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Discussion Topic: Audio Books vs. The Printed Word

I’m in the process of reading (actually listening) to Armageddon’s Children (The Genesis of Shannara Book 1) by Terry Brooks. I’ve been listening to it on my commute to work. It’s not a great book by any means. Actually, I plan to return it before finishing, which is not something I usually do. For some reason, I have a difficult time getting into a book where children are the main characters in a post-apocalyptic America brought about by nuclear war, plagues, and environmental degradation. It’s a world where demons and monsters and giant lizards now roam the earth. Just not my thing.

As I was listening to the book — I probably listen to a handful of audio books each year — I was thinking about whether audio books should be counted as actually having read the book. Is listening to an audio book considered reading? Does it count that you’ve read the novel, if in fact you’ve listened to it? What are your thoughts?

6 thoughts on “Discussion Topic: Audio Books vs. The Printed Word”

  1. It reading actually about the book or the story? I listen to novels on my iPod all the time. When they were younger my nephews insisted that I was cheating because they considered reading to be work. So are you ‘reading’ a physical book because you need practice reading or because you want to entertained by the story? (My nephews do know full well that I read more than they can imagine is necessary.)

    Do kids with reading or vision disabilities get literature credit for listening to unabridged books on tape/iPods? Is the study of literature tied to a physical book or is it about the story?

  2. For the sake of simplicity, I would say that if you listened to the book, and paid attention, you can say that you “read it”.

    If you only paid mild attention to it, you can say you “skimmed it”.

    I only say this because the book was originally meant to be just “words on a page”. The author wrote it, therefore you have “read” it.

    Of course, if you have the opportunity to clarify that you listened to an audio version of it, do so, but if you’re making a list of books you’ve read, then of course you can include it.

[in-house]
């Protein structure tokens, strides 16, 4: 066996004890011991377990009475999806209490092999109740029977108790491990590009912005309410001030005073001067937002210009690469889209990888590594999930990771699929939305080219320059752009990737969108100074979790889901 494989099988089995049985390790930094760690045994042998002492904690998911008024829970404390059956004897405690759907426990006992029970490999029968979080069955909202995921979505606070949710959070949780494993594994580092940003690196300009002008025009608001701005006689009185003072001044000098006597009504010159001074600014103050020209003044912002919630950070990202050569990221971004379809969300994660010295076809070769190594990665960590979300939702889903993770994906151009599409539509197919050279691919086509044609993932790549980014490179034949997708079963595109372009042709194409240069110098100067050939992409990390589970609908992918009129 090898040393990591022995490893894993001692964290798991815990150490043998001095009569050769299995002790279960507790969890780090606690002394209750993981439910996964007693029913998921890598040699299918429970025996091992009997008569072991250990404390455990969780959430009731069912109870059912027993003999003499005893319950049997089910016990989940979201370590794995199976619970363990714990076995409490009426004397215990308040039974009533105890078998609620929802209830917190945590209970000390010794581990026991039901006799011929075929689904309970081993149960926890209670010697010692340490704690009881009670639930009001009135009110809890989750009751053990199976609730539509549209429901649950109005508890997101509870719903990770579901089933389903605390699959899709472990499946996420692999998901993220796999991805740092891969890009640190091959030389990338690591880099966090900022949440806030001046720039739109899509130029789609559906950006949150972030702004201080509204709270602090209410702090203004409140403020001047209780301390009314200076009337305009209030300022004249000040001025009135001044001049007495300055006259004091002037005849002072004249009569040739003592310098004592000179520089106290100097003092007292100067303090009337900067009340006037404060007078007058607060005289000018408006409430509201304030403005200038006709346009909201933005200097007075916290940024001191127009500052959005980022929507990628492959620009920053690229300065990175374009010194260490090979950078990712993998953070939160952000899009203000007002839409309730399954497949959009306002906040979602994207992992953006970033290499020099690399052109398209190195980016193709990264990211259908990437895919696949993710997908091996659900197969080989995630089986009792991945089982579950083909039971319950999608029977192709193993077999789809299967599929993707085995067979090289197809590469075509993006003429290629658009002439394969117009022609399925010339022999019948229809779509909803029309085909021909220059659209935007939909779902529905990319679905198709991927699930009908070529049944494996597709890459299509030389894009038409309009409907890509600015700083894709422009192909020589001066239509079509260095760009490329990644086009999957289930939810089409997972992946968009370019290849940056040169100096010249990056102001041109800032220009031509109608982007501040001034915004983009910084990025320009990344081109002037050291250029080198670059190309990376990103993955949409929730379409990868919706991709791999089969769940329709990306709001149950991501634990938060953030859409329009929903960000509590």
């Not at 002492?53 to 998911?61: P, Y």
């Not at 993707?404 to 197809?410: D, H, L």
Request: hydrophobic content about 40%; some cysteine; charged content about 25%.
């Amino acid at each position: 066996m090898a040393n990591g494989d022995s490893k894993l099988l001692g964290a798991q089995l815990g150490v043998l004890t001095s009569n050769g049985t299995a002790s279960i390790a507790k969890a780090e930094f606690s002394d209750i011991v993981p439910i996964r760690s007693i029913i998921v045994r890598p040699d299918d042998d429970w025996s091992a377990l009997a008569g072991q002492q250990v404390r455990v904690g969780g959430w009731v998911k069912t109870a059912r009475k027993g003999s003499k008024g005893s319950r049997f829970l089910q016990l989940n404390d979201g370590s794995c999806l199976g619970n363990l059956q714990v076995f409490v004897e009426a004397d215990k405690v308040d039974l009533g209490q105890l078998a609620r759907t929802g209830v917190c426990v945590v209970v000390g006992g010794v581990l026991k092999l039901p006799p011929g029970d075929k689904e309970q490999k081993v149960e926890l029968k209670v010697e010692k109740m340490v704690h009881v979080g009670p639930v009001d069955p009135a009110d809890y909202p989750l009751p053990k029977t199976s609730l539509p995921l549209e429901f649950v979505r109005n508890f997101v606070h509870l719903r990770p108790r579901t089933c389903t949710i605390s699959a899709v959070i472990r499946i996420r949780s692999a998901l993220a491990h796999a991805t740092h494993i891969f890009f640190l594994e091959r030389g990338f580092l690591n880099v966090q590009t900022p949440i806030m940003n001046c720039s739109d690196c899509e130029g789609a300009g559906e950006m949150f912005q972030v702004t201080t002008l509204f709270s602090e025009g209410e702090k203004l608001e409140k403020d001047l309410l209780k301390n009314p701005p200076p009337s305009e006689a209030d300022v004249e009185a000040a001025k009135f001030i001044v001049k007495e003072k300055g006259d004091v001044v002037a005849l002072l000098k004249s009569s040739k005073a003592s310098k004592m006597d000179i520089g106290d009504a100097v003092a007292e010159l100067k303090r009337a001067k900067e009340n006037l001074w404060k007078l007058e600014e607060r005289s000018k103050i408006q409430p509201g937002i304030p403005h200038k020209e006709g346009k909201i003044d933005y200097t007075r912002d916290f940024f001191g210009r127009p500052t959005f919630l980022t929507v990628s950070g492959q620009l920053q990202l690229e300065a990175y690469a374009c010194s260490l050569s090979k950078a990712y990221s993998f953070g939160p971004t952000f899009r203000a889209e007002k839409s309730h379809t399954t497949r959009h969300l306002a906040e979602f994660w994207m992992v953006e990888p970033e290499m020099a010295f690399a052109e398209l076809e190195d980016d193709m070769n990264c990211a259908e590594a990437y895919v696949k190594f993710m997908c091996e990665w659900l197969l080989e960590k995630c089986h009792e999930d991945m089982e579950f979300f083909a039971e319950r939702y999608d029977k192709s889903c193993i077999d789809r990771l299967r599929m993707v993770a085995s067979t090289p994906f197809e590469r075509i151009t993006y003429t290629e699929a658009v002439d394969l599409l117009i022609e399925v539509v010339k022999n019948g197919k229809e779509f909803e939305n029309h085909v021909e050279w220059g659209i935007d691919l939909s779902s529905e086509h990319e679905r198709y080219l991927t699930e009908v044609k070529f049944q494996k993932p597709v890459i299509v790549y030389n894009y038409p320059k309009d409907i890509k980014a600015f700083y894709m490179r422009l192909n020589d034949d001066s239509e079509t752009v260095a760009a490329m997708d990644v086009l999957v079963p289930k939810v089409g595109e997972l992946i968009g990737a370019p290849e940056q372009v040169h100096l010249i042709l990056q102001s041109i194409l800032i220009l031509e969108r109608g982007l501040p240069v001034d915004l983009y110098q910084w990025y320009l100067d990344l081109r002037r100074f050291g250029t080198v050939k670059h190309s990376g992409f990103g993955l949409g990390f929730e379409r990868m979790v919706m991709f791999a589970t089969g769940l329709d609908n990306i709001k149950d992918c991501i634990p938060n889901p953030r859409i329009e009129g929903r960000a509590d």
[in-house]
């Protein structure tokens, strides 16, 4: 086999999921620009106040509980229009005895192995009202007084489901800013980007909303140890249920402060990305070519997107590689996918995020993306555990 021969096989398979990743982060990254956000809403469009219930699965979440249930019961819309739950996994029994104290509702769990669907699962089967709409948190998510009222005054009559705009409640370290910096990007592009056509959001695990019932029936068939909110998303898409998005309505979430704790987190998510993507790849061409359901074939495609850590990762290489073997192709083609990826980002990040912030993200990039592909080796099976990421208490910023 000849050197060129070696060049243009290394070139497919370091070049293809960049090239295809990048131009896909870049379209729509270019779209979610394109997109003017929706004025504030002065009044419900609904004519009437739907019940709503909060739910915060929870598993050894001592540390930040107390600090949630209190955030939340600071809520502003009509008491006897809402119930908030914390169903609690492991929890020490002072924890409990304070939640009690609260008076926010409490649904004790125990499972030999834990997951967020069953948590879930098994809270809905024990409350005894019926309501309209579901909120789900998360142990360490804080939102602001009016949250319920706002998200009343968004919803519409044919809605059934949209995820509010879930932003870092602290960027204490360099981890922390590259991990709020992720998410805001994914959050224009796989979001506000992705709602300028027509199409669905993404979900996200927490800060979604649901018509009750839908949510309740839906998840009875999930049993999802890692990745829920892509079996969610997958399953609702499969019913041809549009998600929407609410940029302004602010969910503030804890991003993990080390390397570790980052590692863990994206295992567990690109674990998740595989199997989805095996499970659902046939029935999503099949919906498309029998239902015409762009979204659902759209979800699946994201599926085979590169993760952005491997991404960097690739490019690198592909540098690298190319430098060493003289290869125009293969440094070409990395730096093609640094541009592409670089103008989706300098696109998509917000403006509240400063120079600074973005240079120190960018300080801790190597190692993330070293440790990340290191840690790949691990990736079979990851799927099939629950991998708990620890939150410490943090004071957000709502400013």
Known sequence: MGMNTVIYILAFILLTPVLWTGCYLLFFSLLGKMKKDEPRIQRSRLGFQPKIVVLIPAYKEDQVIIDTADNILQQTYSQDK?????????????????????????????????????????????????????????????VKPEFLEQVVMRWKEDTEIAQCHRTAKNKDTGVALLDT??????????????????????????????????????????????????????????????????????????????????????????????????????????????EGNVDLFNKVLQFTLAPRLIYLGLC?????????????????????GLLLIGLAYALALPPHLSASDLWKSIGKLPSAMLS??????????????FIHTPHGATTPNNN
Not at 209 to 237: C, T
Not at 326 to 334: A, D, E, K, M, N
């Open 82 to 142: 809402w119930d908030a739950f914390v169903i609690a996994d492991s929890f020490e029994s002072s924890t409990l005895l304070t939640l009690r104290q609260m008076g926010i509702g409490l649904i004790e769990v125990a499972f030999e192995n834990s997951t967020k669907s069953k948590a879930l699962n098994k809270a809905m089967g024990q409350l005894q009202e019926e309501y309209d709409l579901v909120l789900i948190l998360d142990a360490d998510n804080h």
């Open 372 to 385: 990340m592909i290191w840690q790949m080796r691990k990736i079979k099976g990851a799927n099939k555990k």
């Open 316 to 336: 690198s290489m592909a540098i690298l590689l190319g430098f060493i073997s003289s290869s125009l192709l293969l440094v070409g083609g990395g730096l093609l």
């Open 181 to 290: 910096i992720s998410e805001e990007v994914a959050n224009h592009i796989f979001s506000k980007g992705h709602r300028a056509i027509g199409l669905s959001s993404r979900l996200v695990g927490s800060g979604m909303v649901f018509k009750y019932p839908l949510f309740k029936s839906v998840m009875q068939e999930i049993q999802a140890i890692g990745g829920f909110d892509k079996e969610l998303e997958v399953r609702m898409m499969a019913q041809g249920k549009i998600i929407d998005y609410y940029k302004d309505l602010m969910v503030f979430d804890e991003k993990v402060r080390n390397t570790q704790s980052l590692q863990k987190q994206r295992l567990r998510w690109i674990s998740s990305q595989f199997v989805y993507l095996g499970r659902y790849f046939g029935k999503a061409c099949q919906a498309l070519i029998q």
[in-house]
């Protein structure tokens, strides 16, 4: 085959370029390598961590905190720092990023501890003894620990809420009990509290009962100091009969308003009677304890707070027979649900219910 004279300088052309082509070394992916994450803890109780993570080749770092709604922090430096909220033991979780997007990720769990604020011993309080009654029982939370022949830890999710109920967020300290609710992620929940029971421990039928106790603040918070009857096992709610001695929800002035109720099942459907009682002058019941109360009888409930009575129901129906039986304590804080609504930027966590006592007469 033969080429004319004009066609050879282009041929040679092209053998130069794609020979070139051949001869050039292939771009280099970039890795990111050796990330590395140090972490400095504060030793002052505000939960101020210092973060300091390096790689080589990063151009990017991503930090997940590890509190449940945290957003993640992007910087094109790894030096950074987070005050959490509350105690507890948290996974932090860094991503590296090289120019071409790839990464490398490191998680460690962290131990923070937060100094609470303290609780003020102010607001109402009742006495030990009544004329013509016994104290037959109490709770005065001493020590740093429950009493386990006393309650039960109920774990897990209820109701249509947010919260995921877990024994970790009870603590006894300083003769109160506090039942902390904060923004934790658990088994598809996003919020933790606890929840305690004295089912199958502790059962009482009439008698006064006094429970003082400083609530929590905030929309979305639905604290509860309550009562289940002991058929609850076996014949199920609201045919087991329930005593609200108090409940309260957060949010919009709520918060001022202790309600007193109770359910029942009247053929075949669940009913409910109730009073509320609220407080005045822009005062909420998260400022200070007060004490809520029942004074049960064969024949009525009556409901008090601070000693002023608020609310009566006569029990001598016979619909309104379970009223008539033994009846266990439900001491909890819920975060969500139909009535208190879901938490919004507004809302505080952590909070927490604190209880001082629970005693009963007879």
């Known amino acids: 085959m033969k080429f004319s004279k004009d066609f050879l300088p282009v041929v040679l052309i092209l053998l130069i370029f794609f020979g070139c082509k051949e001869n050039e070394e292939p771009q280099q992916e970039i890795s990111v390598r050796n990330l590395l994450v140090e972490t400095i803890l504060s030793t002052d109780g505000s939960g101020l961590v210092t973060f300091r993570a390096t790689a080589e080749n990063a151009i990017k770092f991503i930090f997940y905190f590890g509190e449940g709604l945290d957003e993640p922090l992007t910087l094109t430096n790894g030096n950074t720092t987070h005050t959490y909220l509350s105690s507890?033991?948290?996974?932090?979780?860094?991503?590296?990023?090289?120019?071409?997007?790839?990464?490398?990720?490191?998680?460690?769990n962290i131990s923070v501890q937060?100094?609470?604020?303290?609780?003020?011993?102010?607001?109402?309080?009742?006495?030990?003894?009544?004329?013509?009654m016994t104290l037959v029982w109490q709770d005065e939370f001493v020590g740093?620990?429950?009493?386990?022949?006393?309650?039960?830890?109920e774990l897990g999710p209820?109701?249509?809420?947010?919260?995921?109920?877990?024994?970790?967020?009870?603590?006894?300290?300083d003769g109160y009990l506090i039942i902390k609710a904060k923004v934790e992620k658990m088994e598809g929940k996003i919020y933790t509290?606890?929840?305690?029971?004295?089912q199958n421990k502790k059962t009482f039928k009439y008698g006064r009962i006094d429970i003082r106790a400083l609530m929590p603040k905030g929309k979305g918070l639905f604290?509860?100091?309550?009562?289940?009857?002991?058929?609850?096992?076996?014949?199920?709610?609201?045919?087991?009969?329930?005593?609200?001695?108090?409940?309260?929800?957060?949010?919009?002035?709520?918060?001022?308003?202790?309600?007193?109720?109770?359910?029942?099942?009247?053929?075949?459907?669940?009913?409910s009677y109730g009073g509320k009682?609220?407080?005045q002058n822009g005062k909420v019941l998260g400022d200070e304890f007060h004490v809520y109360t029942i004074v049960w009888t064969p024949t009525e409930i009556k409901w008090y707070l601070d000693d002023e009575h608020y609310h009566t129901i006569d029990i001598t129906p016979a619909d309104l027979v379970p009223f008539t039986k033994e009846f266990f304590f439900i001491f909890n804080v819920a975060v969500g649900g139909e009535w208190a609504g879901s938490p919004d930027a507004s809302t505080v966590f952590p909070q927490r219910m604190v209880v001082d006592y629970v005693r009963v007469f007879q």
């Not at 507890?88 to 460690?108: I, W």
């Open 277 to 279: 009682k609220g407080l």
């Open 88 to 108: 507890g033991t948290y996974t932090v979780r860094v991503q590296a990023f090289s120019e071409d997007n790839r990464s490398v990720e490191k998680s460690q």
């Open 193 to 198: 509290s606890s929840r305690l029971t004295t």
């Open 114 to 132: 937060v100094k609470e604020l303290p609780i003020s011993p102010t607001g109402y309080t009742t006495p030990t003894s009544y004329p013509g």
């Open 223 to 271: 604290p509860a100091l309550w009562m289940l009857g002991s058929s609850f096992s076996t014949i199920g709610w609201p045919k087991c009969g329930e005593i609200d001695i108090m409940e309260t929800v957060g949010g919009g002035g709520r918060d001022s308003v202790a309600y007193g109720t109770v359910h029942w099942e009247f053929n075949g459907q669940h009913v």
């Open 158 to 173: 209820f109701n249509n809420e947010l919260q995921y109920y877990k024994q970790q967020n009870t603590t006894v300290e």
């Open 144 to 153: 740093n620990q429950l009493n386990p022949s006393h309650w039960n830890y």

My thoughts.

  3. I think it definitely counts if you listen to it rather than read it. For me, the point is the content, not the means by which it is obtained. People who drive a lot, like truckers, could be entertained through audio books.

    Personally, I subscribe to a number of podcasts and listen to them when I run or drive on road trips. Most recently, I’ve been enjoying an excellent podcast series on academic interpretation of The Hobbit and Lord of the Rings.

  4. Personally, I do count audio books as having “read” them. I can still learn a lot from listening to the language, the dialogue, the characters, and the organization of the story. From a writer’s perspective, you can learn about these elements of a story whether you listen to the novel or read it. Also from a writer’s perspective, however, I find I can study the author’s style (e.g., sentence structure, balance between dialogue and exposition) much better if I physically read the book. In the end though, I always prefer to read a book rather than listen to it. What about you?

  5. Yes, I definitely agree that reading is preferable. I don’t retain as much when I listen. Also, sometimes the voices are really, really bad..

  6. Agreed on the narration. Sometimes, I can’t listen to a book simply because of the voice of the narrator. Like you, I retain much more when I read.

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